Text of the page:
In order to minimize the heterogeneity of the baseline demographic and clinical characteristics of our study population, we intentionally included patients with the same tumor histology, staging of extra and intracranial disease and treatment naïve. Nonetheless, we have to acknowledge that the study has several limitations. It is an exploratory retrospective study without pre-planned sample size calculation, with the consequent risk of selection and measurement bias. Moreover, we had to apply strict inclusion criteria to obtain a homogenous cohort, decreasing our final sample size. Thus, the unknown power of this sample precludes extract firm conclusions about survival benefits between the two analyzed groups. Finally, the measurement of lesions diameter was also a potential source of bias. In order to reduce it, measurements were performed by two independent properly trained neuroradiologists following RANO BM criteria.
To summarize, the extension of perilesional edema measured by F/Gd ratio seems a promising tool to identify oligosymptomatic patients with multiple BM in whom upfront monotherapy with chemo should be considered. Therefore, those oligosymptomatic patients might benefit from upfront chemo which will allow WBRT to be postponed, avoiding its detrimental effects on neurocognition and quality of life. Nonetheless, we must handle these preliminary results with caution as prospective and larger sample studies are needed to validate the findings.
Funding: This work was partially supported by a grant from Instituto de Salud Carlos III (ISCIII) (PI18/01253 to MS) and European Regional Development Fund (ERDF). We also thank CERCA programme/Generalitat de Catalunya for Institutional support.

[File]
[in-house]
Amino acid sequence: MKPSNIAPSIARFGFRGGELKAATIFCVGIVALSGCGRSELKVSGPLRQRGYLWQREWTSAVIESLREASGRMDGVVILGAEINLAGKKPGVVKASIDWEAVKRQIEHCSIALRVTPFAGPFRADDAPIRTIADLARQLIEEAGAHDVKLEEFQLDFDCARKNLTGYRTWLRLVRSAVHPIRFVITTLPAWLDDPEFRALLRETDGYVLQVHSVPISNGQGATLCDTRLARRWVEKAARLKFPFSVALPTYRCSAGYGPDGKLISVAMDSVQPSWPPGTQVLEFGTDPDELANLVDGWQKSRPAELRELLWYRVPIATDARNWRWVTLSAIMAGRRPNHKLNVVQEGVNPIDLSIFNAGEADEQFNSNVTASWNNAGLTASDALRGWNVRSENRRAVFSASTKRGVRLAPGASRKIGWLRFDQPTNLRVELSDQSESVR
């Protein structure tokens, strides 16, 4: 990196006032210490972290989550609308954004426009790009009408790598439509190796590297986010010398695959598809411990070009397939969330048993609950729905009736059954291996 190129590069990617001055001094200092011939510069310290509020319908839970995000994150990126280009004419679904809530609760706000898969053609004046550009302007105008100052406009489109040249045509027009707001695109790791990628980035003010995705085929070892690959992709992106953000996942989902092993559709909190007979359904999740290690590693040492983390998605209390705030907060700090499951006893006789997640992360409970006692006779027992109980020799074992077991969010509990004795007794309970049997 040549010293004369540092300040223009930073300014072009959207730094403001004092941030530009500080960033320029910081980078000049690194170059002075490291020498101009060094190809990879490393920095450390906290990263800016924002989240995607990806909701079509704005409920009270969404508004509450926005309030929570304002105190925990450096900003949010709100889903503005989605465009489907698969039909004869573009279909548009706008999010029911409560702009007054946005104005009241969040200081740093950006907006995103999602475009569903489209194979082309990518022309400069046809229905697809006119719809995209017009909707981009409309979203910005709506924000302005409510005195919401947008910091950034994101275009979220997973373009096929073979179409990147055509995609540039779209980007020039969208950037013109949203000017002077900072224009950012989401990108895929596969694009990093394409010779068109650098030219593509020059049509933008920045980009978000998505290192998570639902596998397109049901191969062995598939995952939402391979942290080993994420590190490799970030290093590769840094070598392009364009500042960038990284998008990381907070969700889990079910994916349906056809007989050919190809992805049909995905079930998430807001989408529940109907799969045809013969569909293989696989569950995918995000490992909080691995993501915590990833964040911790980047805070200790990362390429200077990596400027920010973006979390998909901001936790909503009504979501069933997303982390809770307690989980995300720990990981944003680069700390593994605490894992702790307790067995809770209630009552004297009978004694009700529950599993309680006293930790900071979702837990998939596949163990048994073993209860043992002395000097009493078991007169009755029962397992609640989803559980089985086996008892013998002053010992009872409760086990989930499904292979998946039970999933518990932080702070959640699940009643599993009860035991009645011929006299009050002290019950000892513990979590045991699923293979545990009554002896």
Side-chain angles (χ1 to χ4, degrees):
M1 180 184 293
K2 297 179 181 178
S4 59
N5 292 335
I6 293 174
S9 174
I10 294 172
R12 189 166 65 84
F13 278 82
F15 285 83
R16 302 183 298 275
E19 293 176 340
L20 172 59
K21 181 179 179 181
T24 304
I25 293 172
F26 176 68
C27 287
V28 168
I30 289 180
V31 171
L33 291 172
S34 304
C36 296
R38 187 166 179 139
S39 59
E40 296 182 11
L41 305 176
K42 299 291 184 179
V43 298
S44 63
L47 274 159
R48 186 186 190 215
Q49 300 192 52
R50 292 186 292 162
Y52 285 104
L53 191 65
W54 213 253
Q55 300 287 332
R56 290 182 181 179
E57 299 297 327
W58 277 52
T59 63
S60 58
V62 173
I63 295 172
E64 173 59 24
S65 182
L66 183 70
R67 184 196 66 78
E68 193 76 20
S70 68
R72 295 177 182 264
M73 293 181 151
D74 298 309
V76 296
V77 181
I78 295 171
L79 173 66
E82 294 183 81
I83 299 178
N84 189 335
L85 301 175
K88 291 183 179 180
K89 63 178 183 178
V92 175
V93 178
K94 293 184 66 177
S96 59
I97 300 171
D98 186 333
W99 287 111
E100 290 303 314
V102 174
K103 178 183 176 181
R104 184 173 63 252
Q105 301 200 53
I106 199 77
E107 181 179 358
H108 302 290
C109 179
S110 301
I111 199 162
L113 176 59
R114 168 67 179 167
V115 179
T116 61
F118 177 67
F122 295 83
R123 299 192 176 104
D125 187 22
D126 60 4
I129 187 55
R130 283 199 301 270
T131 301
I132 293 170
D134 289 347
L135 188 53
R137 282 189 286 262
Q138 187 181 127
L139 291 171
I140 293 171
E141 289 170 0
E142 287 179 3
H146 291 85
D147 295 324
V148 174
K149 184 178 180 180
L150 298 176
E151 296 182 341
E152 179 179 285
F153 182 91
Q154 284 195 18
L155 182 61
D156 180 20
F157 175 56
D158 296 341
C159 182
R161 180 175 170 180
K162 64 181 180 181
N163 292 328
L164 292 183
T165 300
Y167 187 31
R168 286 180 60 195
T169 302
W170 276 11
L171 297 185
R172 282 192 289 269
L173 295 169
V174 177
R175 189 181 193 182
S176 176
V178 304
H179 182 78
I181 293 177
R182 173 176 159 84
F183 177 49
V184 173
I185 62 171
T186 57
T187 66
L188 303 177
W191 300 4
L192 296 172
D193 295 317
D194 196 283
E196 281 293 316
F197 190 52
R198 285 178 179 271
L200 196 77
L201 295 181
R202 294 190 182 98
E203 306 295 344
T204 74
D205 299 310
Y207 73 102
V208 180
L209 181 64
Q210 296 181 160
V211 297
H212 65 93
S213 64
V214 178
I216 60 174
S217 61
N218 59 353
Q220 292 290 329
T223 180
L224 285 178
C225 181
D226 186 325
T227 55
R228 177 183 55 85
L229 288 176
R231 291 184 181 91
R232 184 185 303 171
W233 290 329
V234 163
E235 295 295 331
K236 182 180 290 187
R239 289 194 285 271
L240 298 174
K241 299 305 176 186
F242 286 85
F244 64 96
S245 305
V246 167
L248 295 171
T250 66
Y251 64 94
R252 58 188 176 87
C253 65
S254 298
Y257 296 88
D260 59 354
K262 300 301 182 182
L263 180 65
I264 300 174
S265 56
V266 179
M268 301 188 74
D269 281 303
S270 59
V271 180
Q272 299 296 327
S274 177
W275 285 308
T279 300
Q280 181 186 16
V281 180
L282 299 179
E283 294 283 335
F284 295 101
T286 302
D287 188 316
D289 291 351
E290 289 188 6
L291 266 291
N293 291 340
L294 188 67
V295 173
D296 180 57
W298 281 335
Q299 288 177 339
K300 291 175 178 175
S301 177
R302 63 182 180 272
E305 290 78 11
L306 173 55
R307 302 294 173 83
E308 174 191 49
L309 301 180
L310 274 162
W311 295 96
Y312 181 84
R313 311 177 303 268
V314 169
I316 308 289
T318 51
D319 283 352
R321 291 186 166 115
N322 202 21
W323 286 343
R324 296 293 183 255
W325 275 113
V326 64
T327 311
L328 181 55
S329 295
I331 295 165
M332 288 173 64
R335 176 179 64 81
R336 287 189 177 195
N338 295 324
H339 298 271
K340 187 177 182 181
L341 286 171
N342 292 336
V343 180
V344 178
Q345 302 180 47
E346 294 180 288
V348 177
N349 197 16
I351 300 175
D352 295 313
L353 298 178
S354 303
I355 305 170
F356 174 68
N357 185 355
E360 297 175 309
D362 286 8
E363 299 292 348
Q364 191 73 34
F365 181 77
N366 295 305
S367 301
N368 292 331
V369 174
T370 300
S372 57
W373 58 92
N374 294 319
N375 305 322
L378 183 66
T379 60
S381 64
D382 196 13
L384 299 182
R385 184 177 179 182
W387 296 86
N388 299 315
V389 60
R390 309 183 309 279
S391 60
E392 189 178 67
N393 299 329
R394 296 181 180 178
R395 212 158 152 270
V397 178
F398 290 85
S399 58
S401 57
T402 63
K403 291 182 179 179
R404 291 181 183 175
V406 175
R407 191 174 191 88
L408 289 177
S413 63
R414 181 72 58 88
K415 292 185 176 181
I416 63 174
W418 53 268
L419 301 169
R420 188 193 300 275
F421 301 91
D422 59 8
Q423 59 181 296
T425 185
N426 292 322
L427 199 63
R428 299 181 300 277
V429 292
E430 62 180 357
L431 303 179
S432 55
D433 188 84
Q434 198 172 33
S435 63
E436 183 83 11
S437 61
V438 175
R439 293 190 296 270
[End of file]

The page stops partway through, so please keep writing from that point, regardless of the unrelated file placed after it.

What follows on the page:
Reporting Checklist: The authors have completed the STROBE reporting checklist. Available at http://dx.doi.org/10.21037/atm-20-6497
Data Sharing Statement: Available at http://dx.doi.org/10.21037/atm-20-6497
Conflicts of Interest: All authors have completed the ICMJE uniform disclosure form (available at http://dx.doi.org/10.21037/atm-20-6497). Dr. MD reports personal fees from BMS, personal fees from Roche, personal fees from Astrazeneca, outside the submitted work. Dr. NV reports personal fees from Boehringer Ingelheim, personal fees from Roche, personal fees from Lilly, outside the submitted work. Dr. RP reports personal fees from Boehringer Ingelheim, personal fees from Roche, personal fees from Lilly, personal fees from AstraZeneca, personal fees from BMS, personal fees from MSD, outside the submitted work. Dr. EN reports grants and personal fees from Roche, grants and personal fees from Pfizer, personal fees from Lilly, personal fees from Bristol-Myers Squibb, grants and personal fees from Merck Serono, personal fees from Merck Sharp & Dohme, personal fees from AstraZeneca, personal fees from Amgen, personal fees from Takeda, personal fees from Boehringer Ingelheim, outside the submitted work. The other authors have no conflicts of interest to declare.
Ethical Statement: The authors are accountable for all aspects of the work in ensuring that questions related to the accuracy or integrity of any part of the work are appropriately investigated and resolved. The study was conducted in accordance with the Declaration of Helsinki (as revised in 2013). The study was approved by institutional research committee (PR005/20) and individual consent for this retrospective analysis was waived.
Open Access Statement: This is an Open Access article distributed in accordance with the Creative Commons Attribution-NonCommercial-NoDerivs 4.0 International License (CC BY-NC-ND 4.0), which permits the non-commercial replication and distribution of the article with the strict proviso that no changes or edits are made and the original work is properly cited (including links to both the formal publication through the relevant DOI and the license). See: https://creativecommons.org/licenses/by-nc-nd/4.0/.